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A building that had been a factory for nearly 30 years is to turn into a hotel in keeping with the local economic development. As the building enters the transitional stage, the deserted space dropsinto a dead silence. The air is stale.
Ducky, the photographer, enters with his camera. He surveys through his lens theabandoned space, machines, parts and recyclables through his lens. In them he sees life. And like a seasoned puppeteer, he pulls the invisible strings, giving objects souls once again. Together the objects perform a theatrical piece of life.
The industrial revolution would not have been possible had machinery not been created. Neither would we be able to replicate in an instant the daily necessities we need and the things we want. Creation is the beginning of death. Despite this, Ducky does not set out to replicate the look of the dying for remembrance. His works enable us to feel the temperature of an object as it comes into being. His works enable us to see life that is normallyinvisible to us. His photographs are like a video recording that enables us to hear the machines in the factory move and roll, the space murmur, and see the objects dance and whirl.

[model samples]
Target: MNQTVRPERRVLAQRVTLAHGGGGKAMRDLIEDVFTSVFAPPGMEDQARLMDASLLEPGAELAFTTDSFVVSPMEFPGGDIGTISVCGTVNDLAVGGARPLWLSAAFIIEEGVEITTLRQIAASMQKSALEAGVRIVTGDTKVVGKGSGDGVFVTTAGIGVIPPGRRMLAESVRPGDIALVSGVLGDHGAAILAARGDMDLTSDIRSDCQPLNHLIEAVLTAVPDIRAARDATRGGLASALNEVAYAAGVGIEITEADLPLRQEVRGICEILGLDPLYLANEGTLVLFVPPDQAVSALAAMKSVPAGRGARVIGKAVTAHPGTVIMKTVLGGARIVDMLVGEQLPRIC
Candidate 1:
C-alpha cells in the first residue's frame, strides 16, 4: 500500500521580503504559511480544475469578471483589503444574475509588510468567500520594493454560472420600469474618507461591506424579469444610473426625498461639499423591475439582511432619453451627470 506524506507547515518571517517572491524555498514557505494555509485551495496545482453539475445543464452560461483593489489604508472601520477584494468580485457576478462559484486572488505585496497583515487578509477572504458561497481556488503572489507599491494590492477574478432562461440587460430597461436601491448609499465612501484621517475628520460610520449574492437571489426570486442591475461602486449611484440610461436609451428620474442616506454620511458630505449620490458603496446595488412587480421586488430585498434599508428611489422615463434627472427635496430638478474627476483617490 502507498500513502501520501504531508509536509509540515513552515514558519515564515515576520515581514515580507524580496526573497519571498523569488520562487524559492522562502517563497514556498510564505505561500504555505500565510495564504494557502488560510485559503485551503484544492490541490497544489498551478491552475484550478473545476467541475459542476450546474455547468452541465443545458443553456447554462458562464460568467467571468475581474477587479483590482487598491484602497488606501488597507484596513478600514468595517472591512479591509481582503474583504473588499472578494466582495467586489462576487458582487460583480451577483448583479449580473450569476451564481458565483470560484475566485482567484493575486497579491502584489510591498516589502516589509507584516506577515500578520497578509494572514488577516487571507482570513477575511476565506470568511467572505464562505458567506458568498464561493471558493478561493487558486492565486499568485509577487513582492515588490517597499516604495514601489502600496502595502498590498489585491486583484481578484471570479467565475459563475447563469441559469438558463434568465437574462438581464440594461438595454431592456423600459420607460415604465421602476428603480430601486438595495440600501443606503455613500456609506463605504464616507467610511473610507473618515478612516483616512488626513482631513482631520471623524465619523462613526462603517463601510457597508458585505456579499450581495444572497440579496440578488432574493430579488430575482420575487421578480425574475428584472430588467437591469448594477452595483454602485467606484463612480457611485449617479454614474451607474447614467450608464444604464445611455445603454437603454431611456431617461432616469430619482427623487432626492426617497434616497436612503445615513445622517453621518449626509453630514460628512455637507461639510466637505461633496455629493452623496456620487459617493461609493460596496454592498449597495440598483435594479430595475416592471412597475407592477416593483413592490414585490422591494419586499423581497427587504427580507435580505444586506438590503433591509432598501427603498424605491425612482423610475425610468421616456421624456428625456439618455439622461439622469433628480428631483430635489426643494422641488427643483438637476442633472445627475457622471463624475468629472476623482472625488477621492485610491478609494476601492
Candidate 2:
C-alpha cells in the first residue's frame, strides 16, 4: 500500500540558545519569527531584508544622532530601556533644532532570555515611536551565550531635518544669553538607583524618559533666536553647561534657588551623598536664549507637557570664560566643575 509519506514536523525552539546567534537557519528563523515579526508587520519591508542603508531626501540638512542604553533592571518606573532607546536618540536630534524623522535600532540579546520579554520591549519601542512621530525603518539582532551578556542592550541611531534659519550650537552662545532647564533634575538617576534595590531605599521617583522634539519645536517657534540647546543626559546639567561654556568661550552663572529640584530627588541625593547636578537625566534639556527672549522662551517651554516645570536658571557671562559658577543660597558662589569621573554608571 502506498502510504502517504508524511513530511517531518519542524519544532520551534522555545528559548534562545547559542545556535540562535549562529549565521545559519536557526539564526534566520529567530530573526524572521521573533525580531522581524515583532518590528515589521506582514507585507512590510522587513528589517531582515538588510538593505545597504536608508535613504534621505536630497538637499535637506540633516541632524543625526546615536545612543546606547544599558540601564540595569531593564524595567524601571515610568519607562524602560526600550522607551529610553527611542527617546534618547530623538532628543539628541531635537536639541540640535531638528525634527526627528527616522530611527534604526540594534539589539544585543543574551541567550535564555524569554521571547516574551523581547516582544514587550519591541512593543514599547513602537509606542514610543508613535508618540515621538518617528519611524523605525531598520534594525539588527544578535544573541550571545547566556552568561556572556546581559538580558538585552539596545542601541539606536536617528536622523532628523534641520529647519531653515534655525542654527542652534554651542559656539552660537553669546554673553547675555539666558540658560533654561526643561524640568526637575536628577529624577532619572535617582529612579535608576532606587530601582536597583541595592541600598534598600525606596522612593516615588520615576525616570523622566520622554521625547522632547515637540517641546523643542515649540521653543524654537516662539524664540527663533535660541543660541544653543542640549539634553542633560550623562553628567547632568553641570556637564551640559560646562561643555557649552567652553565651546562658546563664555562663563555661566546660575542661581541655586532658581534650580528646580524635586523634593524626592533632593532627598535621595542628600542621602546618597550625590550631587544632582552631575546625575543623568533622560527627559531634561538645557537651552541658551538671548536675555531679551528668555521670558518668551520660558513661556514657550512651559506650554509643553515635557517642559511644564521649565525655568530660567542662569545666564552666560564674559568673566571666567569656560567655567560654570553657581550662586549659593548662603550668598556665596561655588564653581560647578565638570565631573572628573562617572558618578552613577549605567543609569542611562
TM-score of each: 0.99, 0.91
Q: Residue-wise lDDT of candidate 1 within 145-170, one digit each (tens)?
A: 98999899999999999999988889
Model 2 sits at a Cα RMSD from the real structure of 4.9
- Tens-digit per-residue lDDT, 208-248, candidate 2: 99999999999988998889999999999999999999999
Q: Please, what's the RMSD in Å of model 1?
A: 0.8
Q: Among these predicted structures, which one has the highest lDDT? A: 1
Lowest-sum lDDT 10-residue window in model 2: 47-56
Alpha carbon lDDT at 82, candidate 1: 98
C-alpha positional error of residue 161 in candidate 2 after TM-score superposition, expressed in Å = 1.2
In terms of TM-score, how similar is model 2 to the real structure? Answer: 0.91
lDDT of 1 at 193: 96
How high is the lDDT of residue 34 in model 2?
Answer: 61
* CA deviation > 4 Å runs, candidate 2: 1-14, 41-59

Ducky believes that nothing is permanent. Through the metaphor in his works, he suggests a constant flux or changethateverything in life is. To him, death is the transformation from one thing or state to another. Since each state has limitless manifestations, what we see is a reflection of our mental state.
In every place there is space; and in every space, there is theatre waiting to be seen, hidden truth waiting to be learnt.
Through Ducky’s photographic works, scenes of the invisible theatre are now playing before our very eyes.